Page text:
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Interview: Hanging Out with Jack & Jamie of Bombay Bicycle Club

By  January 16, 2012

The boys of Bombay Bicycle Club (BBC) were in town over the weekend to play at The People's Party, a 2 day music festival held at Scape Warehouse. Comprising of Jack Steadman, Jamie MacColl, Ed Nash and Suren de Saram, the band kickstarted their career when they won the Road To V competition and was asked to play the opening performance of 2006's V Festival. Not looking back eversince, BBC has achieved tremendous success over the years, building up a huge fanbase all around the world as well as gracing the stage of some of the biggest music festivals.

We caught up with two of the members, Jack and Jamie, to have a little chat with them about their rise to success thus far.

How does it feel to know that your music is being listened to by people from the other side of the world?

Jamie: Its obviously an amazing feeling to be in a band and have the luxury of traveling around the world while playing our own music. I cannot think of any other jobs in the world which allows you to do that. So yeah, its truly an incredible feeling and I wouldn't trade it for the world.


Writing 3 albums within a span of 3 years is very impressive. How do you manage to keep up the momentum to write so many songs over this short period of time?

Jamie: Basically, Jack has written 2 to 3 albums' worth of songs when he was around 14-15 years old.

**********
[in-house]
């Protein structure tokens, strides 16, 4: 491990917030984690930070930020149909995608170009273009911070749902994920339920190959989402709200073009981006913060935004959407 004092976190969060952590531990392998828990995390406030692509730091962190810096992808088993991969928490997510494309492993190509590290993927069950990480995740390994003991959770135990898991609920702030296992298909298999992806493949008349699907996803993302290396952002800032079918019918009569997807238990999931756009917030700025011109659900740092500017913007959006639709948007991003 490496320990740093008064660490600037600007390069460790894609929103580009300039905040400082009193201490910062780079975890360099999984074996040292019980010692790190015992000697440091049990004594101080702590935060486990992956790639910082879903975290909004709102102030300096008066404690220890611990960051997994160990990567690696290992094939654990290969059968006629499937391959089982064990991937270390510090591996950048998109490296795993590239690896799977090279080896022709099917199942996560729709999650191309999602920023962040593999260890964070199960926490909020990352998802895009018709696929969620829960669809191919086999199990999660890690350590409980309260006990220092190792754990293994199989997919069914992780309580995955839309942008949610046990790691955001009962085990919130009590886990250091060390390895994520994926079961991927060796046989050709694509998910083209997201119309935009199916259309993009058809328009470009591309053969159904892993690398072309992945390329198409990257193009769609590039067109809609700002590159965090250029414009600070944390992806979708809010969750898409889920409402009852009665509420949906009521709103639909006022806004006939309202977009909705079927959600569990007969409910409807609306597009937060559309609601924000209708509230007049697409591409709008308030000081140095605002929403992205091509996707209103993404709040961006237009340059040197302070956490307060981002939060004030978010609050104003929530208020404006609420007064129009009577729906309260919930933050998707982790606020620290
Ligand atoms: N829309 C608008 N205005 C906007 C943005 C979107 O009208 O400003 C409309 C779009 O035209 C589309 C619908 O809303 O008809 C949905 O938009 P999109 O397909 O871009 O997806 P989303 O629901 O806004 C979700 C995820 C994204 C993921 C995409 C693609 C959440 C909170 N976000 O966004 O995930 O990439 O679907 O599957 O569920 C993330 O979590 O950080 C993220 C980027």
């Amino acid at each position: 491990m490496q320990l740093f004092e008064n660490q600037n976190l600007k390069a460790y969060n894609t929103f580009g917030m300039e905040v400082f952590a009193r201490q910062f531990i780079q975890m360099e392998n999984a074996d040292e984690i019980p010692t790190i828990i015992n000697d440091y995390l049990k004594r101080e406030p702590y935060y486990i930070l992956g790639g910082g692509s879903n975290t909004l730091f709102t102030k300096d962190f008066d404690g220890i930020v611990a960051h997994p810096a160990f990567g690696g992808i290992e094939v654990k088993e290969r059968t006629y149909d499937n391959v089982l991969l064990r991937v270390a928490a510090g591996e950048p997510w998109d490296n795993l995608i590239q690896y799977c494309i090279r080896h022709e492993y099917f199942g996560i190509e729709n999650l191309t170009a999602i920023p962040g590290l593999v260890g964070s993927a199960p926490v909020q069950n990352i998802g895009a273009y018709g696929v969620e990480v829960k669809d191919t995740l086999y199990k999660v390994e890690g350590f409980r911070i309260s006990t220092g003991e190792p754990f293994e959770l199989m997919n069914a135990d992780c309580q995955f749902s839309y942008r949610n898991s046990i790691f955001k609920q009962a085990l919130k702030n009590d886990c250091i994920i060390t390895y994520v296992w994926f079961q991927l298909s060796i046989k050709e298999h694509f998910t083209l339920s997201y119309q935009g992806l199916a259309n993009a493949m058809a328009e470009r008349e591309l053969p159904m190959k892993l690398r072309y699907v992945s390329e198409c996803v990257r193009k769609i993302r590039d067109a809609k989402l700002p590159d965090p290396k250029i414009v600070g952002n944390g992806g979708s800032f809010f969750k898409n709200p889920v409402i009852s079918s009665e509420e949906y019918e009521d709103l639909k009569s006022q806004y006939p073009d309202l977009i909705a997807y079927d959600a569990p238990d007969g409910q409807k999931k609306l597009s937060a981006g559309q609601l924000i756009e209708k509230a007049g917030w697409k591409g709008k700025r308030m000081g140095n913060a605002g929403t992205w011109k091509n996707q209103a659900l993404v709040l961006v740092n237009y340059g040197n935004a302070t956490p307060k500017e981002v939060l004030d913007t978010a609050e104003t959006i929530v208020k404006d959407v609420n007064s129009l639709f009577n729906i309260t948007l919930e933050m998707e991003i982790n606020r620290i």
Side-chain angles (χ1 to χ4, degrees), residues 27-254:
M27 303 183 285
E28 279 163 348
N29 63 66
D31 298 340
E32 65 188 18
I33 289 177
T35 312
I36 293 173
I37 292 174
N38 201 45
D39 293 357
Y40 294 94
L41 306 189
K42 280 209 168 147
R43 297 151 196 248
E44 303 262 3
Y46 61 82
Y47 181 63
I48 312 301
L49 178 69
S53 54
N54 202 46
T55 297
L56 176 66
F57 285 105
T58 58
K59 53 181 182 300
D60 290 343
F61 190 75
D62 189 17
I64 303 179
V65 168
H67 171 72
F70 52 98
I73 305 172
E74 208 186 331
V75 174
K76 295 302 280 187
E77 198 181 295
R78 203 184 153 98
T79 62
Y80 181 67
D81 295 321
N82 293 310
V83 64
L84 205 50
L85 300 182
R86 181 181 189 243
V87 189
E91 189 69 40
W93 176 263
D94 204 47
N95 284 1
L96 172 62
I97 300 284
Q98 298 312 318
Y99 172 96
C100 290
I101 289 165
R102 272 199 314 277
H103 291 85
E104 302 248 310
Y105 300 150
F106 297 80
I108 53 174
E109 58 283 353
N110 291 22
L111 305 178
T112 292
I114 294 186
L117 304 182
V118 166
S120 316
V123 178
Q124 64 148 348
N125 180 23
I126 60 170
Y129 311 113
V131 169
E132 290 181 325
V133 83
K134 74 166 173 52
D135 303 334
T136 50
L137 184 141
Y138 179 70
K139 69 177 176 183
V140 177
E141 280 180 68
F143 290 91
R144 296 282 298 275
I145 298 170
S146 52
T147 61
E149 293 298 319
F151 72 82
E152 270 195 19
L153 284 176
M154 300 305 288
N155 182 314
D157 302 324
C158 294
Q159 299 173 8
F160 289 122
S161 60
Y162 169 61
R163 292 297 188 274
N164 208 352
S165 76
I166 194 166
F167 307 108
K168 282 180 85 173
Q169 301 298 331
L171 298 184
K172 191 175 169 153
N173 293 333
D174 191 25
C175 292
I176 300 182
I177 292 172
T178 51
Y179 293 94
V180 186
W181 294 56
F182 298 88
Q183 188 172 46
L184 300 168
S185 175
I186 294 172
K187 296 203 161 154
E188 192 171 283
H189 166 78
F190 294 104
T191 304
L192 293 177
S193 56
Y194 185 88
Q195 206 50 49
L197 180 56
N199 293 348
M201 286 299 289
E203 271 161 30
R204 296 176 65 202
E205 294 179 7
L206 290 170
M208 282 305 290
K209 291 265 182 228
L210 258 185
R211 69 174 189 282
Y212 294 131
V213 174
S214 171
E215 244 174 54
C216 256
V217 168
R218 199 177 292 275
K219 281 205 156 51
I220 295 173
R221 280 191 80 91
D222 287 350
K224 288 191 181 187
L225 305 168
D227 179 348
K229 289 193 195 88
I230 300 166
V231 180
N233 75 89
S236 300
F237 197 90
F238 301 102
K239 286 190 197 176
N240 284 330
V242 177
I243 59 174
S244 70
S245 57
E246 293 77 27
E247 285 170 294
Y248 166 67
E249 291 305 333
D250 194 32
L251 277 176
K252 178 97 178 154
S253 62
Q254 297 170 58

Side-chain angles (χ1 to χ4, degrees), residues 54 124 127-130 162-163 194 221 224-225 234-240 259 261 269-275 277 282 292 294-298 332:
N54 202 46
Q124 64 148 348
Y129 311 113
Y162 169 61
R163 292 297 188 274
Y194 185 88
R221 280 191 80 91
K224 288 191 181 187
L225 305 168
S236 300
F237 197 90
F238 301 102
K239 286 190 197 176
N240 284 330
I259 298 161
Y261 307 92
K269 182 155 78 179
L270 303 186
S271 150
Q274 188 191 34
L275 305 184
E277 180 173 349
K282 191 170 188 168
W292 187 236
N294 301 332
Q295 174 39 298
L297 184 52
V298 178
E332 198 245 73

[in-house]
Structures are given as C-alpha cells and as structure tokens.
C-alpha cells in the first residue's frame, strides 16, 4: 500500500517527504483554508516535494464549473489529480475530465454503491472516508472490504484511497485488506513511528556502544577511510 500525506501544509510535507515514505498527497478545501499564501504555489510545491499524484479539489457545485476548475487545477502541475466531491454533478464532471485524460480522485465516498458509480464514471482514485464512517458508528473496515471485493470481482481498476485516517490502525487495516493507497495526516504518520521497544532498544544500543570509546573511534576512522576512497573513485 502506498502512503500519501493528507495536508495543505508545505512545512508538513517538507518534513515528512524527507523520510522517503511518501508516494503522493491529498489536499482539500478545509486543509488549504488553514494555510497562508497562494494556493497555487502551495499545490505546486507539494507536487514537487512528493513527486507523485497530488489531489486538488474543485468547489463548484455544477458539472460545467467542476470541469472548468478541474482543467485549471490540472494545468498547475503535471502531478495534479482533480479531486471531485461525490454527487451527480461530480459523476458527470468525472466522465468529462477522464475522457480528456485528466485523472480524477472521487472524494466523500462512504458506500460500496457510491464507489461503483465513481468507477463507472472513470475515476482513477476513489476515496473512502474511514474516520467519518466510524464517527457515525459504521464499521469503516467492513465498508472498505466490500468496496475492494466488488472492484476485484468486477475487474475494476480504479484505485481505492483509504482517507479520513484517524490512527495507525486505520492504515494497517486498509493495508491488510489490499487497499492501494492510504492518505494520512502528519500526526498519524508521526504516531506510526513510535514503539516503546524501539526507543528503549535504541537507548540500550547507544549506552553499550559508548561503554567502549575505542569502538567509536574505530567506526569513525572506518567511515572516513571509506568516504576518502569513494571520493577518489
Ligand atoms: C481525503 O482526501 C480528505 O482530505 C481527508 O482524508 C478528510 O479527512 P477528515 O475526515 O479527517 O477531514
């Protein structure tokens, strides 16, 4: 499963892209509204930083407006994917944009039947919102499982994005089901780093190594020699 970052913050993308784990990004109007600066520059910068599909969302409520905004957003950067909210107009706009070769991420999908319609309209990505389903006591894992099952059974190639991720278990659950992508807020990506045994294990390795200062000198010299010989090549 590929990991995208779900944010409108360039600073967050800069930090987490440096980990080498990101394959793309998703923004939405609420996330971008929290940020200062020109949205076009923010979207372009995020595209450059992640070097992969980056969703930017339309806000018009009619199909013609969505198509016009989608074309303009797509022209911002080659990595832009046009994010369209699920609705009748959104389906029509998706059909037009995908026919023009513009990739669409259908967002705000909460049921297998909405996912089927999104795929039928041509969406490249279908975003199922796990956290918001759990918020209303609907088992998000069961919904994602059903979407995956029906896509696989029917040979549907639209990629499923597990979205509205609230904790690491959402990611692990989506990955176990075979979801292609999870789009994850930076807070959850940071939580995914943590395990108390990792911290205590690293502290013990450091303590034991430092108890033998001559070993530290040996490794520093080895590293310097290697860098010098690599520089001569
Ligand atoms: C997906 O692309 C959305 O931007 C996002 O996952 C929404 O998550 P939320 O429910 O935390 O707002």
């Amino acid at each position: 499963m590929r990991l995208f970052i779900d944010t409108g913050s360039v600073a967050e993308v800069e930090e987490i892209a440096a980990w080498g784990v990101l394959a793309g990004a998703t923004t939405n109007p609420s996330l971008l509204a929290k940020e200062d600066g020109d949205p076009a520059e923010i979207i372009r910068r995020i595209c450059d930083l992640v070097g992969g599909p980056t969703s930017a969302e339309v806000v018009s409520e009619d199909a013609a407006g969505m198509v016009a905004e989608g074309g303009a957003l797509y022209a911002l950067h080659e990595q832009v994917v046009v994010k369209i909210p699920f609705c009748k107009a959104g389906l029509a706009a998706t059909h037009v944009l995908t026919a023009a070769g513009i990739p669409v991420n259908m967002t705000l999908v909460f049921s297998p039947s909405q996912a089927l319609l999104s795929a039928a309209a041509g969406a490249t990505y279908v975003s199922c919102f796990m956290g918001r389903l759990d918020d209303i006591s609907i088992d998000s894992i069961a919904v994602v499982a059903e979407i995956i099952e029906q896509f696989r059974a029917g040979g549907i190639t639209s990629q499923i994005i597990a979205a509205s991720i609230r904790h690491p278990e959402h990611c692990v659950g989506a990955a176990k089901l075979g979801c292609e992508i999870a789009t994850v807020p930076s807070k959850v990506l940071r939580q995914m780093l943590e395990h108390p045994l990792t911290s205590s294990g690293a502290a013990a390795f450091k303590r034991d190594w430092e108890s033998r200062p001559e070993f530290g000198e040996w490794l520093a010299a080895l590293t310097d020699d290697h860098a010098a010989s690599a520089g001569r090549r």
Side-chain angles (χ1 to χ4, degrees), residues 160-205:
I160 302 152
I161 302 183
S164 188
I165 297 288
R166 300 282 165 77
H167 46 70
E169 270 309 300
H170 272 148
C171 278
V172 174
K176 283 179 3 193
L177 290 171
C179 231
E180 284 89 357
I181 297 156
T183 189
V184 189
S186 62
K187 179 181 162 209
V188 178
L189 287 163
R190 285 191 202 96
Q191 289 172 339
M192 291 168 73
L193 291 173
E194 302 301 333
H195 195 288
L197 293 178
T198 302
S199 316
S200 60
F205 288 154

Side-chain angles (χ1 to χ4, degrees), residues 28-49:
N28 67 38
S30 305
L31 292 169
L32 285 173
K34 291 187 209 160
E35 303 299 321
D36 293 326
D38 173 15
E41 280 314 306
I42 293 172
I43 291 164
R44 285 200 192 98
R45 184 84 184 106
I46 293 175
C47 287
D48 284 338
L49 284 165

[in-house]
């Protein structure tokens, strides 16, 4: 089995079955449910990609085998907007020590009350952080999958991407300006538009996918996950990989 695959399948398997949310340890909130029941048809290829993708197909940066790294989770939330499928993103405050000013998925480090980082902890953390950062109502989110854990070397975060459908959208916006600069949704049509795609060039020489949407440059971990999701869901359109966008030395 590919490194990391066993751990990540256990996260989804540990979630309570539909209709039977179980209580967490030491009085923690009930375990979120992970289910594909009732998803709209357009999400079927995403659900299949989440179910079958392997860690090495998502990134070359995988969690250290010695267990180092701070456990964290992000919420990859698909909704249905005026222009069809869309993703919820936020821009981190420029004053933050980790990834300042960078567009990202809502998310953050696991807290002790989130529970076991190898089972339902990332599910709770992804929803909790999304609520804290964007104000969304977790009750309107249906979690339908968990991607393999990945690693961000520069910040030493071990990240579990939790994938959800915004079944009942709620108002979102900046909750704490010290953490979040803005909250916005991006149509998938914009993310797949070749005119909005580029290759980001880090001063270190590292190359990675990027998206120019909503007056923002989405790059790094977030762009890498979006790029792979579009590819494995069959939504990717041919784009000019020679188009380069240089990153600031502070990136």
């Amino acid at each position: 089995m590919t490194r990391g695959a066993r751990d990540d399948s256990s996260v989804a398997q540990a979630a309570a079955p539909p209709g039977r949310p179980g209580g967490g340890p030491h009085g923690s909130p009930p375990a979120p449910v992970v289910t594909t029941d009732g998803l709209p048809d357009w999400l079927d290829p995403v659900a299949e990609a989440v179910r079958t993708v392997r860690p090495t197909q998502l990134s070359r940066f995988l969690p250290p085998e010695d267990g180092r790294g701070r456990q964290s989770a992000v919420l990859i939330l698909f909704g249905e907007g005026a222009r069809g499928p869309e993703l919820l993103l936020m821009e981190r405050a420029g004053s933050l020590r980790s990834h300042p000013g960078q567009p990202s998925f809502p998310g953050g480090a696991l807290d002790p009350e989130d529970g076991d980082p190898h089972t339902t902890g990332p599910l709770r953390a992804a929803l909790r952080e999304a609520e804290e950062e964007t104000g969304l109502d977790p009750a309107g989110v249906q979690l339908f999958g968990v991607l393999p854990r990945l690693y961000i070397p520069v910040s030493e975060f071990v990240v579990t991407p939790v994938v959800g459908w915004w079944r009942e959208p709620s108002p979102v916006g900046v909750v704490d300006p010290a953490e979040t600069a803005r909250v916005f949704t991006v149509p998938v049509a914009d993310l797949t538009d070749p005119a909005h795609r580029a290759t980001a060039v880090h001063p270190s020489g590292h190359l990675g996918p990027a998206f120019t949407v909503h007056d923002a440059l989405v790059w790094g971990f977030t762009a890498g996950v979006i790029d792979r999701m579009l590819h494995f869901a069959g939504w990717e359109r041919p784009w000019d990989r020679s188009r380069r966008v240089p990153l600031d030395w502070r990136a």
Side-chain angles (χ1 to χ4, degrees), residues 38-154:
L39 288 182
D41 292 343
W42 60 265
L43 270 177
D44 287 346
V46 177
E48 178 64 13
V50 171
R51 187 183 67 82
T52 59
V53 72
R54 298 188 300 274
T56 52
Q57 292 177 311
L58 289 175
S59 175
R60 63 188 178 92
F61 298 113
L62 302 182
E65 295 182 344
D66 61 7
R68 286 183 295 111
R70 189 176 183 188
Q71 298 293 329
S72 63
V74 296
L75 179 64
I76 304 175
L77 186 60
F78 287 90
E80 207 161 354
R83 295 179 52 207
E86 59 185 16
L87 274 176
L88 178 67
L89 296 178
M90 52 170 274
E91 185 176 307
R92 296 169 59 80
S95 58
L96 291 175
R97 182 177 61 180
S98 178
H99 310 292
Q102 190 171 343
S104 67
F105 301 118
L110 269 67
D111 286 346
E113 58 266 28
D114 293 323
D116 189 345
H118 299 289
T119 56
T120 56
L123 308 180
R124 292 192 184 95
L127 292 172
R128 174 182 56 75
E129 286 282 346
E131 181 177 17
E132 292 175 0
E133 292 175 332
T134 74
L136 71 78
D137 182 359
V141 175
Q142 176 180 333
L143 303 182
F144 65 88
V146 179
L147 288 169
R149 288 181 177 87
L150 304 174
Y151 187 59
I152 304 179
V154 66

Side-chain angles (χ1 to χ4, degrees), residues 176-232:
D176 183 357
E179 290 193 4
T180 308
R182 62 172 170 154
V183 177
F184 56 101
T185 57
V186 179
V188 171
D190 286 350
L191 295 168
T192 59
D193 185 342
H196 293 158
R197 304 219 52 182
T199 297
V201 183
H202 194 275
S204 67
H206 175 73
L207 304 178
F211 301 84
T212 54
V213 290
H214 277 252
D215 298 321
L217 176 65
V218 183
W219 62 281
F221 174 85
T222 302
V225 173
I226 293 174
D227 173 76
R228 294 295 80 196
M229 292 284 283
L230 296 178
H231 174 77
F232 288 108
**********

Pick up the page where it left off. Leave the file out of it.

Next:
Jack: Yeah, most of the songs on our records are really old songs that were revisited. Some of which I had completely forgotten that I had even wrote them until I went through my computer and found demos. So making albums and writing songs were not that huge of a problem for us. I know some bands which take time off to write a new record, but since we are constantly writing every time, I don't see the need to do that.

How does it feel to be part of the second wave of the British music revolution alongside your fellow countrymen?

Jamie: I didn't even realize that there was a second wave of British revolution! I don't know how to feel about that really. To be honest, we are actually quite scared because we didn't know how the reception towards our music would be like. For example, we played Japan and we were scared that no one will turn up for shows because we thought that our image (or lackthereof) will not be what the audience expected. But the show was great and it was beyond what we expected at all.

Also, right now is not the most positive time for British indie alternative music scene, and to be able to achieve this level of success, having people listen to our stuff and them actually going to our shows, its quite crazy.

Jack: Yeah, also I feel that our influences are much more from American music, rather than the British music scene.

Your live shows can get really crazy, as I have seen on Youtube nonetheless. But which has been the craziest show so far, or are you too engrossed having fun on-stage that you don't really care so much about what happens around you?